“Come on,” she coaxed, her expression sunny. “I’m not even sure yet. I’ve been late before.”

He nodded. A child would surely please his mother, perhaps his father too. There had been hints. News about high­-school friends. Oh, so and so just had another. Three that makes it. Yes, he wanted to say, three the world doesn’t need. But he said nothing, his jaw muscles tight.

At the bottom of the hill, they joined a slow-moving line of traffic. Now there were cars behind them, each adding a segment to the tapeworm. They were locked in. It would be like this all the way to the center of town. Two kids in a new Dodge with high rear-end and wide tires pranked before him. The driver pumped the brakes so that the car rocked violently and a row of lights blasted redly on and off. Gino gnawed at his thumbnail and flew the piece from his tongue. His face broiled.

“Can we?”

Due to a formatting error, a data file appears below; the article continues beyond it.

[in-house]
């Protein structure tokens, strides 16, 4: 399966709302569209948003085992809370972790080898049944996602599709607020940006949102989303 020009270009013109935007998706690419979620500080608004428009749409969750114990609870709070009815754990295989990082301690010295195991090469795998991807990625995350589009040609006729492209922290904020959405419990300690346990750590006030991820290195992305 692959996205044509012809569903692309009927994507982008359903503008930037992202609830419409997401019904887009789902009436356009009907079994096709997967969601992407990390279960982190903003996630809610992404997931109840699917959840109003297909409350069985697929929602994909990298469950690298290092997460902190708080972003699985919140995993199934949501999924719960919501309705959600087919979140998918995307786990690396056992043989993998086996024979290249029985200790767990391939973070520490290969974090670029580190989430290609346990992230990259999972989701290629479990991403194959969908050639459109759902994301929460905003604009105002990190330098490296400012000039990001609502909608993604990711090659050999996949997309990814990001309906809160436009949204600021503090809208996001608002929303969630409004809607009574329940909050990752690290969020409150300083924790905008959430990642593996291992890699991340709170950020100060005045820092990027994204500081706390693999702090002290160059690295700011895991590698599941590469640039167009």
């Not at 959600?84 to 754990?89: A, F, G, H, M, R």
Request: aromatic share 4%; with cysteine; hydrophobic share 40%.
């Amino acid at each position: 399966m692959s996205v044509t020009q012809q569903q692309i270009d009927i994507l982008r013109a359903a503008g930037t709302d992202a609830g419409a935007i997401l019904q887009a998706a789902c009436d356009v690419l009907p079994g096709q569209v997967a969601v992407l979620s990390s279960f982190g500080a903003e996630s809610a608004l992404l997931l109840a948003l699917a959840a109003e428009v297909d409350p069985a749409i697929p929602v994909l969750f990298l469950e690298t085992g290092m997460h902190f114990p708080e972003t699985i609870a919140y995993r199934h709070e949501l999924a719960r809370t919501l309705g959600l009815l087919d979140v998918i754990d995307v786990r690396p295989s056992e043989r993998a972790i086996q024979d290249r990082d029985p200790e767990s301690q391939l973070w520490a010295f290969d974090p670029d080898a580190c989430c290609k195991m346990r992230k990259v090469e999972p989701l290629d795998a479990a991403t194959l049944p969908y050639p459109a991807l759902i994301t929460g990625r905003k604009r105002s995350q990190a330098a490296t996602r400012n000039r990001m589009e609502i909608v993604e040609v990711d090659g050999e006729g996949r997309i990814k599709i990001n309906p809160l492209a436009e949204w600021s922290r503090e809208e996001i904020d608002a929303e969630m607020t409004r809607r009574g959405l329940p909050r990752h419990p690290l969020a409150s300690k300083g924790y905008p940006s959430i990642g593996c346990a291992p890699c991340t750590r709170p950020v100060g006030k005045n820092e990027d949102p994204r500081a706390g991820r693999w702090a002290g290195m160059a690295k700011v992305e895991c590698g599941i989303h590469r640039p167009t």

“Can we what?” asked Gino.

“Aren’t you listening? I asked if we could go to Mass this year? It’s not to bug you but last year was awful. All the drinking at Eddie’s, no Christmas tree, no church. It just wasn’t Christmas. Going to a bar and getting smashed isn’t my idea….” Folding her arms, she looked away.

Gino chewed at the skin on his lip. The cab was close and moist with the rusty warmth of the heater. His neck began to prickle. He cracked the window slightly. Cars crept and spurted. He continued to shift from first to second and back to first. The transmission whined a complaint as they moved past service stations and used car lots, each with huge electric signs.